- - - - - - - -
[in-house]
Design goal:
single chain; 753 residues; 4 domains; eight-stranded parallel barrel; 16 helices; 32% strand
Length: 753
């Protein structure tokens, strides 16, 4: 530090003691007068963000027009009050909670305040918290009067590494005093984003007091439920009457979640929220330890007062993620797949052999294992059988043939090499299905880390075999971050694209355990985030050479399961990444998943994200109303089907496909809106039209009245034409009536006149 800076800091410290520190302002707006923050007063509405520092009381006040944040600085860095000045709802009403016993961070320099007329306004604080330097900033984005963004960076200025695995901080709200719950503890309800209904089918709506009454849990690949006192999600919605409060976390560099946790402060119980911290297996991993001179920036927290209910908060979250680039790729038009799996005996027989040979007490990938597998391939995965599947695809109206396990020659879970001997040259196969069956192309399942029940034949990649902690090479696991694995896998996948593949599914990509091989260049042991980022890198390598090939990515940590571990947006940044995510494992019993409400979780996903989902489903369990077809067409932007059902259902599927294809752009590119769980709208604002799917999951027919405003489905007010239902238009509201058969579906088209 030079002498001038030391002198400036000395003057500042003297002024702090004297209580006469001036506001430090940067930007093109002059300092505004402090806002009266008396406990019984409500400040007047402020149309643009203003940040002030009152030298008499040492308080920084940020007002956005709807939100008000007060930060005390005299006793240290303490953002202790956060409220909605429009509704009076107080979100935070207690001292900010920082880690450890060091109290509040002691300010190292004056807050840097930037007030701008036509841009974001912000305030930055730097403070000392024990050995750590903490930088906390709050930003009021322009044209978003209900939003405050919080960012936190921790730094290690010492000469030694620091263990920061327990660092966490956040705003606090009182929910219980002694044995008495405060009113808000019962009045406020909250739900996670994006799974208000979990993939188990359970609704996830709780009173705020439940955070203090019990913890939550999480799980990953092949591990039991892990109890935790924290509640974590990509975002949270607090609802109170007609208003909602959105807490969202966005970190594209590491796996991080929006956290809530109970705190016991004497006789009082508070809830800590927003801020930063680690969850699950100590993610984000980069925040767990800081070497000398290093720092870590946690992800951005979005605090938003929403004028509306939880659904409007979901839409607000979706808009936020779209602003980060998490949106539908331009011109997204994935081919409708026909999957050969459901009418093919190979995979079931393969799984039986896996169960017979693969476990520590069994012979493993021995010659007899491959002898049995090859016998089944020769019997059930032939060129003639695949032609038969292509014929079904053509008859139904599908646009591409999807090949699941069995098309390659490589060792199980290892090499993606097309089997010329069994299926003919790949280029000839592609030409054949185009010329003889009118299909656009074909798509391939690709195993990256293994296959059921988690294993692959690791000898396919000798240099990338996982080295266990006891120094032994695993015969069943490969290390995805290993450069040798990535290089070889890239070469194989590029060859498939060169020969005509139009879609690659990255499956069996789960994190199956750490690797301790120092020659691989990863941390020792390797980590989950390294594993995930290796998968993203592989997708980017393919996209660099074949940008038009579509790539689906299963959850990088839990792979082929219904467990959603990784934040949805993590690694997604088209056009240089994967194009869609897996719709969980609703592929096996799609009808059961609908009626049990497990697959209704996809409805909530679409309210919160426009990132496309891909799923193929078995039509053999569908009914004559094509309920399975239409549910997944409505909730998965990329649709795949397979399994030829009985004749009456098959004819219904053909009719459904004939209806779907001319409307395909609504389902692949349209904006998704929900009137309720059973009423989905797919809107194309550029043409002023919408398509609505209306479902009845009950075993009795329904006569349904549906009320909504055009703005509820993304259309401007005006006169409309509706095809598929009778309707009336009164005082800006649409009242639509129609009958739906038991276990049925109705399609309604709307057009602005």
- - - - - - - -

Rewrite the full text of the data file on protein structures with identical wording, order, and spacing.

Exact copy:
[in-house]
Design goal:
single chain; 753 residues; 4 domains; eight-stranded parallel barrel; 16 helices; 32% strand
Length: 753
């Protein structure tokens, strides 16, 4: 530090003691007068963000027009009050909670305040918290009067590494005093984003007091439920009457979640929220330890007062993620797949052999294992059988043939090499299905880390075999971050694209355990985030050479399961990444998943994200109303089907496909809106039209009245034409009536006149 800076800091410290520190302002707006923050007063509405520092009381006040944040600085860095000045709802009403016993961070320099007329306004604080330097900033984005963004960076200025695995901080709200719950503890309800209904089918709506009454849990690949006192999600919605409060976390560099946790402060119980911290297996991993001179920036927290209910908060979250680039790729038009799996005996027989040979007490990938597998391939995965599947695809109206396990020659879970001997040259196969069956192309399942029940034949990649902690090479696991694995896998996948593949599914990509091989260049042991980022890198390598090939990515940590571990947006940044995510494992019993409400979780996903989902489903369990077809067409932007059902259902599927294809752009590119769980709208604002799917999951027919405003489905007010239902238009509201058969579906088209 030079002498001038030391002198400036000395003057500042003297002024702090004297209580006469001036506001430090940067930007093109002059300092505004402090806002009266008396406990019984409500400040007047402020149309643009203003940040002030009152030298008499040492308080920084940020007002956005709807939100008000007060930060005390005299006793240290303490953002202790956060409220909605429009509704009076107080979100935070207690001292900010920082880690450890060091109290509040002691300010190292004056807050840097930037007030701008036509841009974001912000305030930055730097403070000392024990050995750590903490930088906390709050930003009021322009044209978003209900939003405050919080960012936190921790730094290690010492000469030694620091263990920061327990660092966490956040705003606090009182929910219980002694044995008495405060009113808000019962009045406020909250739900996670994006799974208000979990993939188990359970609704996830709780009173705020439940955070203090019990913890939550999480799980990953092949591990039991892990109890935790924290509640974590990509975002949270607090609802109170007609208003909602959105807490969202966005970190594209590491796996991080929006956290809530109970705190016991004497006789009082508070809830800590927003801020930063680690969850699950100590993610984000980069925040767990800081070497000398290093720092870590946690992800951005979005605090938003929403004028509306939880659904409007979901839409607000979706808009936020779209602003980060998490949106539908331009011109997204994935081919409708026909999957050969459901009418093919190979995979079931393969799984039986896996169960017979693969476990520590069994012979493993021995010659007899491959002898049995090859016998089944020769019997059930032939060129003639695949032609038969292509014929079904053509008859139904599908646009591409999807090949699941069995098309390659490589060792199980290892090499993606097309089997010329069994299926003919790949280029000839592609030409054949185009010329003889009118299909656009074909798509391939690709195993990256293994296959059921988690294993692959690791000898396919000798240099990338996982080295266990006891120094032994695993015969069943490969290390995805290993450069040798990535290089070889890239070469194989590029060859498939060169020969005509139009879609690659990255499956069996789960994190199956750490690797301790120092020659691989990863941390020792390797980590989950390294594993995930290796998968993203592989997708980017393919996209660099074949940008038009579509790539689906299963959850990088839990792979082929219904467990959603990784934040949805993590690694997604088209056009240089994967194009869609897996719709969980609703592929096996799609009808059961609908009626049990497990697959209704996809409805909530679409309210919160426009990132496309891909799923193929078995039509053999569908009914004559094509309920399975239409549910997944409505909730998965990329649709795949397979399994030829009985004749009456098959004819219904053909009719459904004939209806779907001319409307395909609504389902692949349209904006998704929900009137309720059973009423989905797919809107194309550029043409002023919408398509609505209306479902009845009950075993009795329904006569349904549906009320909504055009703005509820993304259309401007005006006169409309509706095809598929009778309707009336009164005082800006649409009242639509129609009958739906038991276990049925109705399609309604709307057009602005």